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Natalie Warren, left, and Ann Raiho look over a Minnesota River map as they prepare Friday morning to portage around the Granite Falls dam. The two have been paddling upstream for 17 days but today are enjoying a break in Montevideo. (Tribune photo by Tom Cherveny)

Hudson Bay Bound: Upstream paddle on Minnesota River intended to inspire others

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GRANITE FALLS -- Paddling the Mississippi River to prepare for their adventure, they were warned: "The Minnesota River is like chocolate milk.''

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They got the color right, and there's been plenty of mud, but the Minnesota River has more than made up for it by the scenery, wildlife and wilderness-like feel it has offered them.

"It's so much more beautiful than we thought it was going to be,'' said Natalie Warren.

Warren and her friend Ann Raiho know of what they speak. Seventeen days ago they launched their canoes at Fort Snelling to be the first women to re-create Eric Sevareid and Walter Port's epic 2,200-mile adventure of paddling to York Factory on Hudson Bay in 1930.

The two recent St. Olaf graduates have now put more than 270 river miles behind them. Friday evening they reached Montevideo, where Ann's parents met them and they were to participate in the community's Fiesta Days celebration today.

It's a well-earned break. All of their paddling has been upstream against high waters on the Minnesota. They have endured two days of record-popping heat, heavy downbursts of rain, and just plain, long days of hard paddling.

"Every challenge is a little different,'' said Warren when asked what has been the hardest to date.

Like marathon runners, they seem to thrive on the challenge. "I realize the purpose of the trip more every day, if that makes sense,'' Warren said.

They want to inspire other young people to enjoy their own wilderness adventures, especially women.

The two women discovered their passion for wilderness adventure through canoe trips offered by Camp Menogyn in northern Minnesota.

Warren grew up in Miami, Fla., and Raiho is a native of Inver Grove Heights.

They met each other -- and discovered they were both headed to St. Olaf in the fall -- when they were assigned to lead a seven-week wilderness adventure for Camp Menogyn in northern Canada.

All of the funds they raise above the $2,500 cost of this trip will be donated to Camp Menogyn for scholarships to allow other young people the same opportunity. At this point they have raised $5,000.

Raiho and Warren said they had often discussed the possibility of a summer-long paddling adventure. In February Raiho reread Severeid's famous account of the 1930 trip, "Canoeing with the Cree.''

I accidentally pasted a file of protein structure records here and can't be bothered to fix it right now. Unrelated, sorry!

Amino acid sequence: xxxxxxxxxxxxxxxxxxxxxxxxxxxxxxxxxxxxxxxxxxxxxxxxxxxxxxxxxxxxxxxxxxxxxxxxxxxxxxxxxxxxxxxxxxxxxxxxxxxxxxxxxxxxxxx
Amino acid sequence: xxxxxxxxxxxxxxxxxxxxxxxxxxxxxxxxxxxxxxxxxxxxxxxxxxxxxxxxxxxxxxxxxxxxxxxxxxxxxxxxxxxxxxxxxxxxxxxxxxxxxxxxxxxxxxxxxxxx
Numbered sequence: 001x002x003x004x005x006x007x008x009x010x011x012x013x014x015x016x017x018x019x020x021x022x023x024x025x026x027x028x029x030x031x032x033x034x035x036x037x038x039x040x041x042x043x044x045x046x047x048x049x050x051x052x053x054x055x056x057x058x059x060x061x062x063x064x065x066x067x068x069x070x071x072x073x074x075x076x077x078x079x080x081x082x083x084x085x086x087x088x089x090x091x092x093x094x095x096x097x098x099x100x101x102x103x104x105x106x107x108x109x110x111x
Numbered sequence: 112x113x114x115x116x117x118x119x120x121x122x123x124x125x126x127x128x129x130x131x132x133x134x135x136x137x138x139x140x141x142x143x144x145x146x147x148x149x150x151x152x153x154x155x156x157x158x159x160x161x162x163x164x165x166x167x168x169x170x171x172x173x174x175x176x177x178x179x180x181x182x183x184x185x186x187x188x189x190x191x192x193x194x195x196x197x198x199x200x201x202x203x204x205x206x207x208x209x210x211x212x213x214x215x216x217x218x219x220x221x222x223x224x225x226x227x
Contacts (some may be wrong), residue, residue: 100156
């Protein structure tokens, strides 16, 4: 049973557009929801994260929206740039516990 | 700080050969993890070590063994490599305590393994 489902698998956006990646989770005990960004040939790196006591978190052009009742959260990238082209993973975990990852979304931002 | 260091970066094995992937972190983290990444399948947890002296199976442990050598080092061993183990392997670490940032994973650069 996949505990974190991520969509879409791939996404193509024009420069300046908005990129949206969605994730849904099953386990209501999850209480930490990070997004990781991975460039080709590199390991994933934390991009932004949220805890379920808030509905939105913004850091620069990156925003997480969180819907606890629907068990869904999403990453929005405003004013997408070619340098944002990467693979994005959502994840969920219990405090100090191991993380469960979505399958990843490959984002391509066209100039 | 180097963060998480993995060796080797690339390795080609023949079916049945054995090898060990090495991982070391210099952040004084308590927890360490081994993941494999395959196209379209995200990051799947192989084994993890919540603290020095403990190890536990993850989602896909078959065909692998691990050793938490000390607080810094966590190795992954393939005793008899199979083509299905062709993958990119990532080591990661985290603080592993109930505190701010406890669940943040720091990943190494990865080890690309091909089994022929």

"She threw it at me and said we're gonna do this,'' Warren said.

They started sending out emails and made personal inquiries to potential sponsors, and struck a chord. Ann Bancroft, Lonnie Dupre and Eric Larsen are among the polar explorers they have met and who have offered them encouragement, they said.

All of their gear, from the Langford Prospector Canoe they paddle to the Sierra Design tent they erect each night, has been donated by sponsors. So too has been all the granola, pasta and rice they carry along for meals in a bear-proof barrel.

Their days on the Minnesota River are quiet: Only occasionally do they come across anglers or people along the river, they said. Instead, they startle otters, turtles, eagles and other wildlife as they round each bend.

And sometimes, it's the wildlife that startles them. More than a few nights' quiet slumber have been interrupted when, as if someone unexpectedly clashed cymbals over their heads, a beaver wallops the quiet waters of the river with its tail.

They are looking forward to reaching the Red River and enjoying the downstream ride all the way to Lake Winnipeg.

They will be taking a few days' break somewhere around Fargo, N.D.

Warren is the maid of honor for her sister's wedding in Philadelphia. Her mother and father made one thing clear when she announced plans for this trip: She was going to be hopping on an airplane and showing up for the big event.

Raiho will wait in Fargo for Warren's return and the resumption of their trip.

They have no set date that they must reach Hudson Bay. Once there, they will climb aboard a float plane and later, a train to carry them to Winnipeg.

Raiho will be returning to school for a master's degree in environmental studies next year at Colorado State University, Fort Collins.

Warren is planning to return to school as well, but is undecided as to where. She is interested in environmental journalism.

Follow their trip on the web: http://www.hudsonbaybound.com/

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Tom Cherveny
Tom Cherveny is a regional and outdoor reporter with the West Central Tribune in Willmar, MN.
(320) 214-4335
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